I am not the sort of person who follows the textbook approach to financial planning--which is to set ambitious but achievable goals and then regularly track my progress and make the necessary adjustments until I get there.

But over a decade ago, I became financially independent without any planning. In looking back, I can see that there were three reasons this happened:

  • Low appetite for material goods. My material wants included a decent house, a safe car, and an excellent education for my children. Of the three, the one that required the most money was the education. But I increased my odds of achieving financial independence by having what seemed to me a modest monthly cash burn rate.
  • Discovering the right work situation. Regardless of your financial goals, if you are earning $1 million a month, you will get there faster than if you take in $1,000 per month. There are hedge fund managers who pull in that much or more, but only a tiny number of people have what it takes to do that job well. I was not one of them, and I took a long time to discover that starting a consulting and venture capital firm would be the best use of my limited skills.
  • Lucky investments. I happened to invest in technology startups at a very good time. Three of the companies I helped fund were acquired for more than $2 billion before the 1990s dot-com bubble burst--three other ones went out of business. But the risks that I took paid off enough to help me achieve financial independence--given my low appetite for material goods.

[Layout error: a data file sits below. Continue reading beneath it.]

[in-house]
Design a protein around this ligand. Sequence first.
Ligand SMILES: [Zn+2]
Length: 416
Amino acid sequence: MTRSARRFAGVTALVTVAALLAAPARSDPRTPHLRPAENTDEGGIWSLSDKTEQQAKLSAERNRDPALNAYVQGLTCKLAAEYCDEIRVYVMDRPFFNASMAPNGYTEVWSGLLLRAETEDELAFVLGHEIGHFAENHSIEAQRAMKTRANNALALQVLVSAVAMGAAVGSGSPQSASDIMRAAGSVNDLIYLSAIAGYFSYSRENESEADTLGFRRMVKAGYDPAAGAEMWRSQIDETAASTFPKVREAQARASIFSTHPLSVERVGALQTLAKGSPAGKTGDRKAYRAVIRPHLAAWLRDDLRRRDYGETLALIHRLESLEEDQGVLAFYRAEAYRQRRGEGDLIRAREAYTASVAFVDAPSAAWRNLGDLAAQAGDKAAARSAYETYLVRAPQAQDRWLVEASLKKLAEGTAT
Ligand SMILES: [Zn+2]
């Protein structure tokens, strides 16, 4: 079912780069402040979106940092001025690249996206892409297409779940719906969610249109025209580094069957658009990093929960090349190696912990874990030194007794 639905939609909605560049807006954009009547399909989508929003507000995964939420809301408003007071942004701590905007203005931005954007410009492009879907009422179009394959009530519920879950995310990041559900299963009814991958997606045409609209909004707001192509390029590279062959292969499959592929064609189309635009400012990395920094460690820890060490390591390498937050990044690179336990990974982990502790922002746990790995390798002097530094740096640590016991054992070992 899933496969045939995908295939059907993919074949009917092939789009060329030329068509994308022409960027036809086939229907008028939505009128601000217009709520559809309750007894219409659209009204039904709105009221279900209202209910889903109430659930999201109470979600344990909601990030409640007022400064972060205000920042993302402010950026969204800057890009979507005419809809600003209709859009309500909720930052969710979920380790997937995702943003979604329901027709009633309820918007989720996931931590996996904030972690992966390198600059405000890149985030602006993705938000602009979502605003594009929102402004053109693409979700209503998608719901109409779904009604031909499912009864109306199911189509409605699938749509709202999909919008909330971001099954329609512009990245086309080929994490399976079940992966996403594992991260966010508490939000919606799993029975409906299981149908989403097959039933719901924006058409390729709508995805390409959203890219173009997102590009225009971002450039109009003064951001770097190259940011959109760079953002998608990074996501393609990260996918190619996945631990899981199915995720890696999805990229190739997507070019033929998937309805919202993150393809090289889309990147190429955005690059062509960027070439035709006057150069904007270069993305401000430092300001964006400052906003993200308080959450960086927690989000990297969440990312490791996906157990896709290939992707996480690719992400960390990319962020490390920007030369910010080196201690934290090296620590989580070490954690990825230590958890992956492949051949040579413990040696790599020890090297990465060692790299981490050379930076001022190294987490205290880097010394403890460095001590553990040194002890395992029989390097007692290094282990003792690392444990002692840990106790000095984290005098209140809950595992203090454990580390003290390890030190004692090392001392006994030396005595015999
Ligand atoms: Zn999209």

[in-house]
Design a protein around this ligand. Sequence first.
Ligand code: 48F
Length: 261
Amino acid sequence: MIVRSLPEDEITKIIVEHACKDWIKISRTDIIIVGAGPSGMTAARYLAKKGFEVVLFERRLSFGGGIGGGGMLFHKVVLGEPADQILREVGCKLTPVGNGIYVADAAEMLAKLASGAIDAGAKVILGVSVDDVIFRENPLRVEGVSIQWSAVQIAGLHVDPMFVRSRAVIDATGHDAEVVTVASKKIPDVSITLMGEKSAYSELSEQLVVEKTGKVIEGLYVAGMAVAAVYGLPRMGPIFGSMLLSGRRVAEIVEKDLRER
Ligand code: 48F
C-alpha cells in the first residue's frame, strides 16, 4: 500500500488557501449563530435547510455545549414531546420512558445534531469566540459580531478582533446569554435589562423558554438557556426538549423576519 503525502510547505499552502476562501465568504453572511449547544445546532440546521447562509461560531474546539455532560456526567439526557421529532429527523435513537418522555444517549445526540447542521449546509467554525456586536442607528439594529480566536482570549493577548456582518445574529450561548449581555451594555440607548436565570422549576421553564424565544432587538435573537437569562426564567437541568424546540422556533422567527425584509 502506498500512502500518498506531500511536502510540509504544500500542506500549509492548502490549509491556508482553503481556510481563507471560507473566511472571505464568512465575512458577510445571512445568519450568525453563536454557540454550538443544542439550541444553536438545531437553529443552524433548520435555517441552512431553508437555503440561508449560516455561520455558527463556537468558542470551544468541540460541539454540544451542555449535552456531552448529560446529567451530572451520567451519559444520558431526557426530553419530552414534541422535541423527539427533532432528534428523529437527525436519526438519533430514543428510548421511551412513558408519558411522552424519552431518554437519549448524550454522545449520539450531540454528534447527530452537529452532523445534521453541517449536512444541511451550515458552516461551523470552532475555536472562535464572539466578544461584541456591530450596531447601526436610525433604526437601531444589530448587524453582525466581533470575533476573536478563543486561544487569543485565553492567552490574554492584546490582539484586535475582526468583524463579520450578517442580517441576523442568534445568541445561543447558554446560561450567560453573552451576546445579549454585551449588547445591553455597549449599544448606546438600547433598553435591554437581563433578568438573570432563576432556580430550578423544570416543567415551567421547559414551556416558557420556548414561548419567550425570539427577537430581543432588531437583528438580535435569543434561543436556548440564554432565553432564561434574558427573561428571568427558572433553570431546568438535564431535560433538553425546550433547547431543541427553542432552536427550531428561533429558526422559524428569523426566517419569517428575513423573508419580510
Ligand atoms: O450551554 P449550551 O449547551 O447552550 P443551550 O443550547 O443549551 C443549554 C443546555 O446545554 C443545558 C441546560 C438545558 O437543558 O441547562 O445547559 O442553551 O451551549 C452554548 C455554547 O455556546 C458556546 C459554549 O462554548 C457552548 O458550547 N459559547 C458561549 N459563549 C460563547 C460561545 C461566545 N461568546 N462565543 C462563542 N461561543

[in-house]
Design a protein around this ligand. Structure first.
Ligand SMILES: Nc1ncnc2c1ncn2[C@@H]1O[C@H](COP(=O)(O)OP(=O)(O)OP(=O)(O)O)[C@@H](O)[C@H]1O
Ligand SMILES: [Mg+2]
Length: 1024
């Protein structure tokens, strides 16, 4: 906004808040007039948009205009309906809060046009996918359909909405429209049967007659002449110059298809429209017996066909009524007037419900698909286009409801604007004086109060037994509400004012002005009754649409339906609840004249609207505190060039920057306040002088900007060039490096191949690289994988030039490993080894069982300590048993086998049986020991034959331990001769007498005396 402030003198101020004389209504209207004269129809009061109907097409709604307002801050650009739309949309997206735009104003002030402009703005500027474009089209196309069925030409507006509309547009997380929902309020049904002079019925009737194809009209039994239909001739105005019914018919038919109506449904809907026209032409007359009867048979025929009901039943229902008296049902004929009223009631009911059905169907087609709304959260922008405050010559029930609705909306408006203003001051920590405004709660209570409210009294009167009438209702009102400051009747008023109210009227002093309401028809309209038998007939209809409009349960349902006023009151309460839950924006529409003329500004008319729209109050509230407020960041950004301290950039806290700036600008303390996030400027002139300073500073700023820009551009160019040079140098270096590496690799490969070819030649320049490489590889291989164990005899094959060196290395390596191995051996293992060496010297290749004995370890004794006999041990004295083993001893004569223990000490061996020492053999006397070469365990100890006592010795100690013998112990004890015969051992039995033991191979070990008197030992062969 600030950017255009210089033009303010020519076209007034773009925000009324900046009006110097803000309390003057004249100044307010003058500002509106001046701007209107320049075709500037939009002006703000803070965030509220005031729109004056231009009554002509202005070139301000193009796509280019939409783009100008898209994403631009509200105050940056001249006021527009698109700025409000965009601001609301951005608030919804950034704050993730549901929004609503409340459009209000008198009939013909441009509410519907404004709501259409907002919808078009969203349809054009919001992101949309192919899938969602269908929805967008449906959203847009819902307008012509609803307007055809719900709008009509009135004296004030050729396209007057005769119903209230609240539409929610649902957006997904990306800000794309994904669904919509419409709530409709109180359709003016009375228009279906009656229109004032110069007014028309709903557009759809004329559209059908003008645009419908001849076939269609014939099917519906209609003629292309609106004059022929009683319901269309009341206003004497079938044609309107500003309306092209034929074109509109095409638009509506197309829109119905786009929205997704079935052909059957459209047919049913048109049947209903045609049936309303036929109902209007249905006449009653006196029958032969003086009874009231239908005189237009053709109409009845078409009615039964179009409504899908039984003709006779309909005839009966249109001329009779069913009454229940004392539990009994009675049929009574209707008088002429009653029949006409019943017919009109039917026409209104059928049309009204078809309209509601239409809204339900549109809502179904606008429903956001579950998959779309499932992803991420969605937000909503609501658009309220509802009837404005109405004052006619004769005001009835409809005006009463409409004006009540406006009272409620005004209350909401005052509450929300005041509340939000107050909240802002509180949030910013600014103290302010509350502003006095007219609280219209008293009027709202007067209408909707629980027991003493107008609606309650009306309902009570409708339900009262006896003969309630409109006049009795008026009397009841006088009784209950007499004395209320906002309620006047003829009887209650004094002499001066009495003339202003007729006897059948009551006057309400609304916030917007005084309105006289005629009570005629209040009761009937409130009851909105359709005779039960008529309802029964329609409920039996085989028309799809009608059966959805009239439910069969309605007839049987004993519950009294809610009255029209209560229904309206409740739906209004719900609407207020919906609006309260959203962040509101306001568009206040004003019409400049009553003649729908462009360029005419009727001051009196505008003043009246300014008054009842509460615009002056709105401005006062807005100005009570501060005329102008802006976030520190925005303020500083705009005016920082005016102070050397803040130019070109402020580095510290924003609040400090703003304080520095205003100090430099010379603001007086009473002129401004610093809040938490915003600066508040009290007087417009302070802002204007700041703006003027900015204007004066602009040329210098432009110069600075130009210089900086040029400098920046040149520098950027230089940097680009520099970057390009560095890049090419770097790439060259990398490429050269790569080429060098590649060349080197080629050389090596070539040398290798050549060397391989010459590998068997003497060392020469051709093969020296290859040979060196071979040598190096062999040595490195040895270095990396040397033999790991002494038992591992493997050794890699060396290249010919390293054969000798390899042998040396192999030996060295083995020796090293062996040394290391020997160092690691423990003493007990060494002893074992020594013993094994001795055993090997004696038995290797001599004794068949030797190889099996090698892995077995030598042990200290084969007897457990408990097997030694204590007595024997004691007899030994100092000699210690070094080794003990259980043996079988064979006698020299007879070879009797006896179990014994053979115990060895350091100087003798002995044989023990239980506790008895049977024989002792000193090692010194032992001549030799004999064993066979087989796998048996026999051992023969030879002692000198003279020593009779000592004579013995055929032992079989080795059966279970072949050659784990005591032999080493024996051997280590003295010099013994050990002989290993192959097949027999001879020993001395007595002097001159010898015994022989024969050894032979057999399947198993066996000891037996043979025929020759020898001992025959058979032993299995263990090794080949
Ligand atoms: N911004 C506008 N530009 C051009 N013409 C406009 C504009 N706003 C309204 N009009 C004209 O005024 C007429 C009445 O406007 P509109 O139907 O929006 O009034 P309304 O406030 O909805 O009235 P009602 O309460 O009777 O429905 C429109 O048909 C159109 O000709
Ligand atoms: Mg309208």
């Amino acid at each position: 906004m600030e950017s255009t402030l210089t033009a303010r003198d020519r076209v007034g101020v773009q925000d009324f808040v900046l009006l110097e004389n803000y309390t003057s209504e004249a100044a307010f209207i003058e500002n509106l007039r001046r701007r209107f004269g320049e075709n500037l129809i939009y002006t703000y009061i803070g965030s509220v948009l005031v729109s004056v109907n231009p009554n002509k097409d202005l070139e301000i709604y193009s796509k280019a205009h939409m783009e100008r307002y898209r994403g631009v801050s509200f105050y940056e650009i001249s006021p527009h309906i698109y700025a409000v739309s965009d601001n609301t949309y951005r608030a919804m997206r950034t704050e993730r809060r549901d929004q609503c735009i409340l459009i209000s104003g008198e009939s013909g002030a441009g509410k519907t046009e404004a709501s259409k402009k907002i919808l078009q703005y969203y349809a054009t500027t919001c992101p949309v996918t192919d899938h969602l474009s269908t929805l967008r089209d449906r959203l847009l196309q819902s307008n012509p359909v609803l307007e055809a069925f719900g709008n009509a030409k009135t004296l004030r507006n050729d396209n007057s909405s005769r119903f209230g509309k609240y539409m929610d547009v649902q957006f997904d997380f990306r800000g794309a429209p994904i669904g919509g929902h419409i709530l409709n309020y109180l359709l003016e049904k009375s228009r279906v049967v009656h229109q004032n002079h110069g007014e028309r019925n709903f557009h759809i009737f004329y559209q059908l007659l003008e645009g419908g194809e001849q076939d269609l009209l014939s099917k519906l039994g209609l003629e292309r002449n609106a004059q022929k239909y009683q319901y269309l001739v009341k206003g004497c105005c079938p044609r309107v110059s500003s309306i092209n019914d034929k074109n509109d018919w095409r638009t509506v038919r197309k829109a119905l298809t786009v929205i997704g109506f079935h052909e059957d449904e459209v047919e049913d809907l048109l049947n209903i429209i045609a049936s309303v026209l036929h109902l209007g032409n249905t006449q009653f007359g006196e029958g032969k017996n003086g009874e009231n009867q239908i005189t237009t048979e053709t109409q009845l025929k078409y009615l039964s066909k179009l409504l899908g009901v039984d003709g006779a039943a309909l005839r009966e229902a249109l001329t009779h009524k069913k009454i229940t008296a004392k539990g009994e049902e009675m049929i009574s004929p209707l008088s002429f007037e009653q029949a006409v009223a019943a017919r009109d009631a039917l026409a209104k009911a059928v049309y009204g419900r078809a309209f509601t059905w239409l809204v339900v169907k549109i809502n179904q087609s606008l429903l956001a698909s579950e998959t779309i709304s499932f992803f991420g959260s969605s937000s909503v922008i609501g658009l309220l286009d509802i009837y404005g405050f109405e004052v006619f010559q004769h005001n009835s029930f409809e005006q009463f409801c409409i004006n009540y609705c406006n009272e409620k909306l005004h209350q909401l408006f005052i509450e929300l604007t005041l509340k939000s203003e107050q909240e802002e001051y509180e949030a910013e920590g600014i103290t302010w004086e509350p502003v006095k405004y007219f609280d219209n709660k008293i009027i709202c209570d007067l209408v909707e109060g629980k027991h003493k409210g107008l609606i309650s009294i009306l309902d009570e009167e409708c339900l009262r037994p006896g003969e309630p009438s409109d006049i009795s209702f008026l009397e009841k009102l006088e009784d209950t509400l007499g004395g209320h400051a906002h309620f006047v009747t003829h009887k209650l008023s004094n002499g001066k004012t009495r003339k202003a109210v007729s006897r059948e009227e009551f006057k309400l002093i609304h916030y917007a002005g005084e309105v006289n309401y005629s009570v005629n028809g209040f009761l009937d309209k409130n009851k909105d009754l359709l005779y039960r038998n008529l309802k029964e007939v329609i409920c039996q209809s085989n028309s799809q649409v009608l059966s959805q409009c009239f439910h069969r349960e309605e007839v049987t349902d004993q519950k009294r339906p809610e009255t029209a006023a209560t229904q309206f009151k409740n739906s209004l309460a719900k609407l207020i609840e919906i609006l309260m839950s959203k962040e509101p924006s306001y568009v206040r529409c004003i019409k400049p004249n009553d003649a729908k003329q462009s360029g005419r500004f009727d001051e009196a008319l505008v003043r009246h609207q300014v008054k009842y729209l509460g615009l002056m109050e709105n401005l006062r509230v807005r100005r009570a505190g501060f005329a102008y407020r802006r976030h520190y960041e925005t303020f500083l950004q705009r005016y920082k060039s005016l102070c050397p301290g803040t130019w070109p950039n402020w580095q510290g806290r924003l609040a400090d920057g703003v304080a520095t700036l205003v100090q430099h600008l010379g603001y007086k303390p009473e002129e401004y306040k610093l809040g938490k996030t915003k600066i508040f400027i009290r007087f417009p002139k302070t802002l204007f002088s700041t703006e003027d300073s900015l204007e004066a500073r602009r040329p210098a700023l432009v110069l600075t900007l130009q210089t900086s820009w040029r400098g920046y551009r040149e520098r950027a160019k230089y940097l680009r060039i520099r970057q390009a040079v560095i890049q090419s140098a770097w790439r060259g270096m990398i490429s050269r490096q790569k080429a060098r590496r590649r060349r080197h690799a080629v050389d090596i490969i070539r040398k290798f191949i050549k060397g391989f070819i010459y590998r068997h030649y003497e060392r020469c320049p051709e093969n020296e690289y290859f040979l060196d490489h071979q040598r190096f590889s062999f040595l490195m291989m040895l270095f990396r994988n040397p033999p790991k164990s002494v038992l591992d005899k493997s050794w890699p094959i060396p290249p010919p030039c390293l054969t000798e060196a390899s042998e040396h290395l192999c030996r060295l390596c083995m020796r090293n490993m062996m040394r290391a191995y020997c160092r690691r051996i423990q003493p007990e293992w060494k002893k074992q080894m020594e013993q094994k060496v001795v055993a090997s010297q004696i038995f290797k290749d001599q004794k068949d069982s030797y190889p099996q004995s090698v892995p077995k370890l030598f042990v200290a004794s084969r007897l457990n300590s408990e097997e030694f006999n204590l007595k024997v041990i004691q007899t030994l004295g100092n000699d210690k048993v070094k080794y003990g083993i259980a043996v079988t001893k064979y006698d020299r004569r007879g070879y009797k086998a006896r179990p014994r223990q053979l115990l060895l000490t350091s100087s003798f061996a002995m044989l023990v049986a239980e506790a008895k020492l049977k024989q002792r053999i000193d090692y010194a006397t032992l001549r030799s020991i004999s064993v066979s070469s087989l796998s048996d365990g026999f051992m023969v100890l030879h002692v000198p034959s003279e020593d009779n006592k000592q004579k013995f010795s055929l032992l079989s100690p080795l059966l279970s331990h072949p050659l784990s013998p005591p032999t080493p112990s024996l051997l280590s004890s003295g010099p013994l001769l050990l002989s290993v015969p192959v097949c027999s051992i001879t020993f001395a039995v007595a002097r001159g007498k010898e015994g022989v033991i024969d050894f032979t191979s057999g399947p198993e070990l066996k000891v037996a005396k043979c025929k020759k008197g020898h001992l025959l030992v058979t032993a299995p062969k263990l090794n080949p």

I think there are some practical takeaways from my experience that you can follow this month.

  • Decide on what you value the most. I vaguely remember after graduating from school that I aspired to own homes in Manhattan, Greenwich, Connecticut, Aspen, Colorado, and Palm Beach, Florida. It didn't take too long for me to realize that my particular mix of strengths and weaknesses would make that vision unachievable. I quickly arrived at more modest goals--and achieving them turned out to remove a feeling of financial stress.
  • Determine how best to spend your time. Years before I achieved financial independence, I figured out how I wanted to spend my time and just did it. If you can find work that you love doing, that you do better than most everyone else, and that has a sufficiently high value to other people, you have found the right way to spend your time. Each person has to figure that out individually.
  • Keep learning. As long as you're alive, you need to keep moving forward. If you achieve a financial goal, you might set a new one. Or you might change how you are spending your time in response to your interests and the opportunities that you can create. Over the past few years, I have been spending more of my time teaching and writing, and it feels like the right thing to do.

Your assignment for this month is to take a look at yourself and answer three questions realistically:

  • Are your financial goals tied directly to what you value most?
  • Are you making the most of your unique bundle of skills?
  • Are you learning, developing, and happy?

If you answer no to those three questions, you ought to feel compelled to get to yes on each. And the sooner you get there, the better your life will be.